This is a continuation of my last blog Telephony in IT Service Management.
Whilst my last blog entry looked at statistics, this blog entry will look at how Computer-Telephony Integration (CTI) can be used to make the job of the Helpdesk or Service Desk easier by discussing some of the common applications.
I’ll start with computer dialling. This is where you have a button on your ITSM tool that says ‘Dial’. You click it and the ITSM tool takes the number from the customer database and dials the customer for you, connecting you on answer. You may be thinking ‘so what?’ but I’ll say this – it is a really good time saver, and something you can very quickly get used to.
Another application is commonly referred to as ‘screen popping’. Whilst computer dialling is concerned with outbound traffic, screen popping addresses inbound traffic. What happens is this: when a customers calls you, the ITSM tool detects who is calling and then ‘pops’ a screen the tells you information about the caller, such as their name, which company they work for, and ideally shows you their recent Incident history – so they can be greeted with ‘good morning Mr Smith – how can I help you?’.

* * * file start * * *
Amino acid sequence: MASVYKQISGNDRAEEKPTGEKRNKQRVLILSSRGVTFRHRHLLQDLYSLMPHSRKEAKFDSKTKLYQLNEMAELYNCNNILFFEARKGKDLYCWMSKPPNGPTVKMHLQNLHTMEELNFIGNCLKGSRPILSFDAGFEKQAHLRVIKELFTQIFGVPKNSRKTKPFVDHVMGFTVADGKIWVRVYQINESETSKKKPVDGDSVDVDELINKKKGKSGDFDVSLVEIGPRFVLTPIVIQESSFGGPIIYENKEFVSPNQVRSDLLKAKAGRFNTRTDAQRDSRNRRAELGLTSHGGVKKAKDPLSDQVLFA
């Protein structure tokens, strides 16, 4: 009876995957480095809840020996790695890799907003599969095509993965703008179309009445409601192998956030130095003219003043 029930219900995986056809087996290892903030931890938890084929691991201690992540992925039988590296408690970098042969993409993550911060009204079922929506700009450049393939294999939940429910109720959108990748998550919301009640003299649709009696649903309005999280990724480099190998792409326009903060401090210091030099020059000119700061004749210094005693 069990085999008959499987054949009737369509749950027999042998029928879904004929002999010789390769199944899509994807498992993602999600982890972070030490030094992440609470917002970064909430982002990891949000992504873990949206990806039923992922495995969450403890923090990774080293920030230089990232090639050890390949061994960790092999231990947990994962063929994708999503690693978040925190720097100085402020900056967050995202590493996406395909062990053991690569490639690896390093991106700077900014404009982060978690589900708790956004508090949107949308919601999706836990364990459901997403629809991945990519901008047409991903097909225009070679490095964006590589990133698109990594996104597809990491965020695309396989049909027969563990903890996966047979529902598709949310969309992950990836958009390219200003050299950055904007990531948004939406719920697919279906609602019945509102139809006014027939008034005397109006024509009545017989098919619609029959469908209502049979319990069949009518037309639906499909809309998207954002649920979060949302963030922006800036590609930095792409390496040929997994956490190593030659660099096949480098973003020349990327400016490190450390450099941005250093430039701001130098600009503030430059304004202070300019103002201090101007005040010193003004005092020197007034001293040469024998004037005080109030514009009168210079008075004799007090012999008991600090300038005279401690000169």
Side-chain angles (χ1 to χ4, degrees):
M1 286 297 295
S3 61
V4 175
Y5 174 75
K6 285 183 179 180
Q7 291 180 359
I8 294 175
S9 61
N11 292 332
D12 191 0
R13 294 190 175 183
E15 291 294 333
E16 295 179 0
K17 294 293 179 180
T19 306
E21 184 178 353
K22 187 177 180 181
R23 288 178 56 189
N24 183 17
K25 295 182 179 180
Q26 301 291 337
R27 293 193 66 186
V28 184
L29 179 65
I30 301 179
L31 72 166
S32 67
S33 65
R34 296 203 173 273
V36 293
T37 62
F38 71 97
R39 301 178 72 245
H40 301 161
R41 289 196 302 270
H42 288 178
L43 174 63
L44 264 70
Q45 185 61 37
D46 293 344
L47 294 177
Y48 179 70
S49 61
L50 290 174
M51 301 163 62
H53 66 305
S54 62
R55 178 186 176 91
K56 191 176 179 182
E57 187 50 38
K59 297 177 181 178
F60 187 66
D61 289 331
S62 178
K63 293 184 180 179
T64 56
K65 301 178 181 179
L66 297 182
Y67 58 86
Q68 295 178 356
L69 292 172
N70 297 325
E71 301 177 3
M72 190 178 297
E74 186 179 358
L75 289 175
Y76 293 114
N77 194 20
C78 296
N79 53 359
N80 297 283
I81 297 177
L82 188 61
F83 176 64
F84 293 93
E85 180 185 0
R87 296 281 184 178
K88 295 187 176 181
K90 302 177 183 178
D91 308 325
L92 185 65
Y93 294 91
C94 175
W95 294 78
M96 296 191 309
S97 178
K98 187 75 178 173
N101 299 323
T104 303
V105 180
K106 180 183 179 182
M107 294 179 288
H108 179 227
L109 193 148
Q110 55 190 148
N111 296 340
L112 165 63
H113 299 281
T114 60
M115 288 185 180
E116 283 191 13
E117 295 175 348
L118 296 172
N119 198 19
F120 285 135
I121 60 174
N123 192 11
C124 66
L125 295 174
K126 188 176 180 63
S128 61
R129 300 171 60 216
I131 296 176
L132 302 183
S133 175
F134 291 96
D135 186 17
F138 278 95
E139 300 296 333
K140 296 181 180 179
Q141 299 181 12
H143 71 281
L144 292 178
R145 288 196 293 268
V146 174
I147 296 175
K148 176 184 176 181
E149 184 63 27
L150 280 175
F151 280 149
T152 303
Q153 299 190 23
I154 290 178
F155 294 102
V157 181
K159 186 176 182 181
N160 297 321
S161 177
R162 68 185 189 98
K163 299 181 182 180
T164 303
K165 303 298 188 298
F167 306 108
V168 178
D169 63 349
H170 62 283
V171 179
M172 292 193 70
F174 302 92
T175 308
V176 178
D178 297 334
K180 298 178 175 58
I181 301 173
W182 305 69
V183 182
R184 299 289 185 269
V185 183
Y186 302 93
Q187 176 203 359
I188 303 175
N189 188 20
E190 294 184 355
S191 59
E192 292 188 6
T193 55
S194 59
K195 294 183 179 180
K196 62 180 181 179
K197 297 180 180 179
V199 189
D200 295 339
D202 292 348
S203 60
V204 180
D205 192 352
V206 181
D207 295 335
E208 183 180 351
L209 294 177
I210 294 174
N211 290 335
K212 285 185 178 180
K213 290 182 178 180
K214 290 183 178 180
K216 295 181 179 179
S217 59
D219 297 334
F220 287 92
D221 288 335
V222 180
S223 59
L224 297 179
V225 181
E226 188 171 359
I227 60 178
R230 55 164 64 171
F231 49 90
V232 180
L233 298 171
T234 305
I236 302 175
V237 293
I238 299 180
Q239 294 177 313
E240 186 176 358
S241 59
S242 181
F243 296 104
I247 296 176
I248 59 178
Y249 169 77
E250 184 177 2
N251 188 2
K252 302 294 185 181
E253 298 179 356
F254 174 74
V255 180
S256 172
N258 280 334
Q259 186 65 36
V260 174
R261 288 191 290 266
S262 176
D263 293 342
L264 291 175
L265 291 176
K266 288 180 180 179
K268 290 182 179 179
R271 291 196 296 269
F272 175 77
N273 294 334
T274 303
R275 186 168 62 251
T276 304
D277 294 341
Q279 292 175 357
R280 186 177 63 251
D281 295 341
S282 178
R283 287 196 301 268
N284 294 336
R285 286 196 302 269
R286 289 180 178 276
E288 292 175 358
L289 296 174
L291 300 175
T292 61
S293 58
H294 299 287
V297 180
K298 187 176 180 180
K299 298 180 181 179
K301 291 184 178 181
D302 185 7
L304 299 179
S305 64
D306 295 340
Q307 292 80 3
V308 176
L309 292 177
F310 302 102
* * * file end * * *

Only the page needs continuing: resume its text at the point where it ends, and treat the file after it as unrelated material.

Screen popping works using a piece of data called CLI (Caller Line Identity). This is where someone calling a number makes their number visible. If you have used a mobile phone and observed the caller’s number being shown on the LCD display of your phone, then you’ve seen CLI in action.
What typically happens is this: your telephone system detects the incoming call, obtains the CLI data, and then passes this to your ITSM tool which scans its own database and identifies the caller – and this allows the ‘screen pop’ to take place with the right data.
If you deal with internal customers only then obtaining CLI information is usually unproblematic. If you deal with external customers, then CLI might not be available to you – some companies ‘hide’ their number when making outbound calls (though this unwelcome practice seems to be less common today than a few years ago). Another problem might be a large company applying the same CLI data to all outbound lines from their company, making it impossible for you to tell the actual individual calling.
If you are a Serio customer, you might be asking what Serio can do with CTI. The answer is that both outbound calling and screen popping are supported, but dependent upon your phone system having the right hardware and software capabilities. I’ll post later about what you need for CTI in terms of system requirements.